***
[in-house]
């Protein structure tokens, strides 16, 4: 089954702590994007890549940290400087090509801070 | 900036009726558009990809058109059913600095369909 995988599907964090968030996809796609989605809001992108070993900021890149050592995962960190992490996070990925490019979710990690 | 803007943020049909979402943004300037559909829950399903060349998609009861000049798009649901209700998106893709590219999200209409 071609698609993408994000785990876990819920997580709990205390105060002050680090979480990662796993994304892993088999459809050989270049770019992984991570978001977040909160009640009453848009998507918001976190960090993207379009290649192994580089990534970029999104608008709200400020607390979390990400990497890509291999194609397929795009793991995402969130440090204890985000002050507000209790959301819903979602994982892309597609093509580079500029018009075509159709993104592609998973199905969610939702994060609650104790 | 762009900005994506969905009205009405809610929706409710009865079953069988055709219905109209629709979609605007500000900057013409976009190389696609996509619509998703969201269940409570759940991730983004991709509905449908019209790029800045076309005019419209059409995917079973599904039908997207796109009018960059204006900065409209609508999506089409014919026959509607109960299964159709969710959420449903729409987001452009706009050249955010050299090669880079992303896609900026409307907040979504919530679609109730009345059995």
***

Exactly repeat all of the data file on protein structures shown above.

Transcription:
[in-house]
């Protein structure tokens, strides 16, 4: 089954702590994007890549940290400087090509801070 | 900036009726558009990809058109059913600095369909 995988599907964090968030996809796609989605809001992108070993900021890149050592995962960190992490996070990925490019979710990690 | 803007943020049909979402943004300037559909829950399903060349998609009861000049798009649901209700998106893709590219999200209409 071609698609993408994000785990876990819920997580709990205390105060002050680090979480990662796993994304892993088999459809050989270049770019992984991570978001977040909160009640009453848009998507918001976190960090993207379009290649192994580089990534970029999104608008709200400020607390979390990400990497890509291999194609397929795009793991995402969130440090204890985000002050507000209790959301819903979602994982892309597609093509580079500029018009075509159709993104592609998973199905969610939702994060609650104790 | 762009900005994506969905009205009405809610929706409710009865079953069988055709219905109209629709979609605007500000900057013409976009190389696609996509619509998703969201269940409570759940991730983004991709509905449908019209790029800045076309005019419209059409995917079973599904039908997207796109009018960059204006900065409209609508999506089409014919026959509607109960299964159709969710959420449903729409987001452009706009050249955010050299090669880079992303896609900026409307907040979504919530679609109730009345059995």